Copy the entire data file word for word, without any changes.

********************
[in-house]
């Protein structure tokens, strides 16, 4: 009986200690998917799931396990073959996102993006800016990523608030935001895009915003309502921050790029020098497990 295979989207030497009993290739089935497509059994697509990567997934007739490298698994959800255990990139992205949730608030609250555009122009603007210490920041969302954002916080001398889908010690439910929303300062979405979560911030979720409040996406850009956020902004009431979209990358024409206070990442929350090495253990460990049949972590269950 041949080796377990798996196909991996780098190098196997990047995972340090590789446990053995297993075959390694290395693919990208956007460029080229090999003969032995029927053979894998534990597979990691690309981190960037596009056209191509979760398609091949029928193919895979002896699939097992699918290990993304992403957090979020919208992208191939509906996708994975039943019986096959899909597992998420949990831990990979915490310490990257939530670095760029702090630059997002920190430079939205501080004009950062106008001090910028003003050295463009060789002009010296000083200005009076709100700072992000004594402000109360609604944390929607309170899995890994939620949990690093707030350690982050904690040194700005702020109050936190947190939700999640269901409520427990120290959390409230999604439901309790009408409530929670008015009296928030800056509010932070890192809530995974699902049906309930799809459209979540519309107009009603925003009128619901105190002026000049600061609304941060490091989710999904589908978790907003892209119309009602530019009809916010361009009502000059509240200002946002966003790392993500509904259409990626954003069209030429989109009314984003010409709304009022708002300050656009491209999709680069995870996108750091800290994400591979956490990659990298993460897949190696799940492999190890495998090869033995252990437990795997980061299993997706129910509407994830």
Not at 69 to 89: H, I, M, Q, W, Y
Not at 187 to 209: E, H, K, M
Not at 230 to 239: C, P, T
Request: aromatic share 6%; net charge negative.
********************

[in-house]
């Protein structure tokens, strides 16, 4: 009986200690998917799931396990073959996102993006800016990523608030935001895009915003309502921050790029020098497990 295979989207030497009993290739089935497509059994697509990567997934007739490298698994959800255990990139992205949730608030609250555009122009603007210490920041969302954002916080001398889908010690439910929303300062979405979560911030979720409040996406850009956020902004009431979209990358024409206070990442929350090495253990460990049949972590269950 041949080796377990798996196909991996780098190098196997990047995972340090590789446990053995297993075959390694290395693919990208956007460029080229090999003969032995029927053979894998534990597979990691690309981190960037596009056209191509979760398609091949029928193919895979002896699939097992699918290990993304992403957090979020919208992208191939509906996708994975039943019986096959899909597992998420949990831990990979915490310490990257939530670095760029702090630059997002920190430079939205501080004009950062106008001090910028003003050295463009060789002009010296000083200005009076709100700072992000004594402000109360609604944390929607309170899995890994939620949990690093707030350690982050904690040194700005702020109050936190947190939700999640269901409520427990120290959390409230999604439901309790009408409530929670008015009296928030800056509010932070890192809530995974699902049906309930799809459209979540519309107009009603925003009128619901105190002026000049600061609304941060490091989710999904589908978790907003892209119309009602530019009809916010361009009502000059509240200002946002966003790392993500509904259409990626954003069209030429989109009314984003010409709304009022708002300050656009491209999709680069995870996108750091800290994400591979956490990659990298993460897949190696799940492999190890495998090869033995252990437990795997980061299993997706129910509407994830």
Not at 69 to 89: H, I, M, Q, W, Y
Not at 187 to 209: E, H, K, M
Not at 230 to 239: C, P, T
Request: aromatic share 6%; net charge negative.